Me and the Road

I wanted to do something cool today, but couldn’t come up with anything, so I decided to walk to Childers. It was a good opportunity to try out the sign I had made for the back of my pack for the charity hike I’m about to do. I also thought I should re-familiarise myself with hiking along the road.

It was cheating a bit because I got dropped off 16km out from Childers AND the pack only weighed around 10kg. I imagine it’ll weigh at least twice that when I get going on the actual hike. PLUS, I had a chocolate thickshake when I arrived in Childers after only 3.5 hours of walking. .

It’s been three years since I did my last charity hike along the road and man, I’d forgotten how damn terrible walking along the road is! There’s two reasons why it sucks: one is the traffic and the other is the shoulders. The shoulders are nearly always sloping and that makes the going very difficult because even though the slope is only really slight it’s enough to put extra pressure on one side of your body. I don’t have bad knees, even so, this does get to my knees after a bit. There’s nothing I can do about it though, so I just have to suck it up. I can’t do anything about the traffic either. After all, that’s what the road is there for. It’s hard to describe what it’s like until you’ve hiked along the road. It gives you a totally new perspective of being a motorist. Some of the stuff people do on the road is pretty unbelievable. The overtaking is the craziest. It’s for that reason that I try to walk only on the left. I nearly got hit by this crazy overtaking mofo on my last charity hike. You just get to see stuff when you’re walking that you don’t see when you’re driving. Some of it is a real eye-opener!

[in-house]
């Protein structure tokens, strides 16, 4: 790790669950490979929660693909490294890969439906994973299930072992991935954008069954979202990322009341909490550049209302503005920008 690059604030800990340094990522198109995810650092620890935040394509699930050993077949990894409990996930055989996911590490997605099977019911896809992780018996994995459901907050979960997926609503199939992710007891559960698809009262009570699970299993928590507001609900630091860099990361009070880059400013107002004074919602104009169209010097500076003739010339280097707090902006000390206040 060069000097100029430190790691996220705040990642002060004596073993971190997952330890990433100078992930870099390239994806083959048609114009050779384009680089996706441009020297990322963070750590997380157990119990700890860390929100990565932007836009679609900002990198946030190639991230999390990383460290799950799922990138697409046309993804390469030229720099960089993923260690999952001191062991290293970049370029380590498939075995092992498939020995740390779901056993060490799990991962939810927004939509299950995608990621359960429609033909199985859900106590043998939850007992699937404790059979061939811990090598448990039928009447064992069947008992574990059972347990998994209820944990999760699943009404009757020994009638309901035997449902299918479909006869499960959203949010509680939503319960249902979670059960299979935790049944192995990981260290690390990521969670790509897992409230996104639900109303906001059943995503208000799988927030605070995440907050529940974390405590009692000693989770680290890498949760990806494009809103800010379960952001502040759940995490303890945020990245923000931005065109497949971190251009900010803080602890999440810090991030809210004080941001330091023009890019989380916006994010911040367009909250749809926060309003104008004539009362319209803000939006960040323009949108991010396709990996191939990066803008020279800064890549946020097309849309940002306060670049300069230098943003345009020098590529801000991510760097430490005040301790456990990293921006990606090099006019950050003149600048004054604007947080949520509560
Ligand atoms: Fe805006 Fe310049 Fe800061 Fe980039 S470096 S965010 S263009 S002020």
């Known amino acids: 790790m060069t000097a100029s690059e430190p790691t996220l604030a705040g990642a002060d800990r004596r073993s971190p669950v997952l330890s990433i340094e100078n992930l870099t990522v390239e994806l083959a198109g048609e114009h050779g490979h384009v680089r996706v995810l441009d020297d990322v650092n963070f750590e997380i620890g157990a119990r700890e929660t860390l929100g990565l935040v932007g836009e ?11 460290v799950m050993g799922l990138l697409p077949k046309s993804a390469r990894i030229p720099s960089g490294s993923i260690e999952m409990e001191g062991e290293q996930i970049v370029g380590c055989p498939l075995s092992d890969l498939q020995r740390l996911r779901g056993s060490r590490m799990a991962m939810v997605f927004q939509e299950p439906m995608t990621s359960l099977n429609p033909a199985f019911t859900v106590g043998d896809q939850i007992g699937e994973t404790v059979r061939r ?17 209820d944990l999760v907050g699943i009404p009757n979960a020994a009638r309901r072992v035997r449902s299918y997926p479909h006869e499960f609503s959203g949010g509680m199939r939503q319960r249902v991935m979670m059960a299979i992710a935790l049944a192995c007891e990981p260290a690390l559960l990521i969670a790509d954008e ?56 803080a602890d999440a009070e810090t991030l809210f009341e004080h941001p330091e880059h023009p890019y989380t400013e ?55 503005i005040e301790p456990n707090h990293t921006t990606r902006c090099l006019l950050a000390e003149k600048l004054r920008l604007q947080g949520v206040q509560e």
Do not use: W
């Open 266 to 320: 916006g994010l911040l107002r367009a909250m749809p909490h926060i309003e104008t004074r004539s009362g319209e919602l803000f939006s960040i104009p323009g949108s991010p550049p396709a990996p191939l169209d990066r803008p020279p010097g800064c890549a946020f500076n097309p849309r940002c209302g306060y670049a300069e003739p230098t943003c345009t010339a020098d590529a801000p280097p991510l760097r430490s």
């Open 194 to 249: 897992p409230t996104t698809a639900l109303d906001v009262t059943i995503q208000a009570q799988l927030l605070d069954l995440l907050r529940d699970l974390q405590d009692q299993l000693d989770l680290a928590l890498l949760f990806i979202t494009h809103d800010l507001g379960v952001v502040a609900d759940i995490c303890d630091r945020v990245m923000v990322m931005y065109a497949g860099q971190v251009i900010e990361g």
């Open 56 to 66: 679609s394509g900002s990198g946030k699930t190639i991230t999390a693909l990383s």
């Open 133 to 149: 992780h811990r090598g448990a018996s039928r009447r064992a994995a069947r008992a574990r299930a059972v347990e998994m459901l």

I didn’t really see anything particularly interesting on the 16km other than a dead bearded dragon. Poor thing šŸ˜¦ I picked him up and put him in the bush near the road so he wouldn’t get all smooshed up. He’d only just been hit.

I snuck into an avocado farm and walked along the edge of the plantation for a fair way to avoid a section of road with almost no shoulder. I always get scared when I do these cheeky maneuversĀ  because I don’t want to get into trouble, but no one came out ranting and raving. At leastĀ  I’ve got the sign this time. I didn’t have that on the last charity hike I did.

I took this photo because it’s quintessentially Childers; cane bales set to go to fibre production with canefields in background.

While I was walking I got to wondering what it is about hiking that I like. I think the main thing that gets me is that it allows me to rise above all else because when I’m hiking, there is only hiking. I can’t go and do just one more thing (something I do to get past feeling unmotivated), I can’t tell myself that in ten minutes I will go get the washing off the line, send one more email, write 100 more words, and I can’t go and have a little lay down. I just have to keep hiking because that’s all there is. It basically absolves me of all of my responsibilities, which means I don’t worry about anything at all while I’m hiking because what would be the point? Ultimatley, it’s a way to free my mind.

Free your mind by way of adventure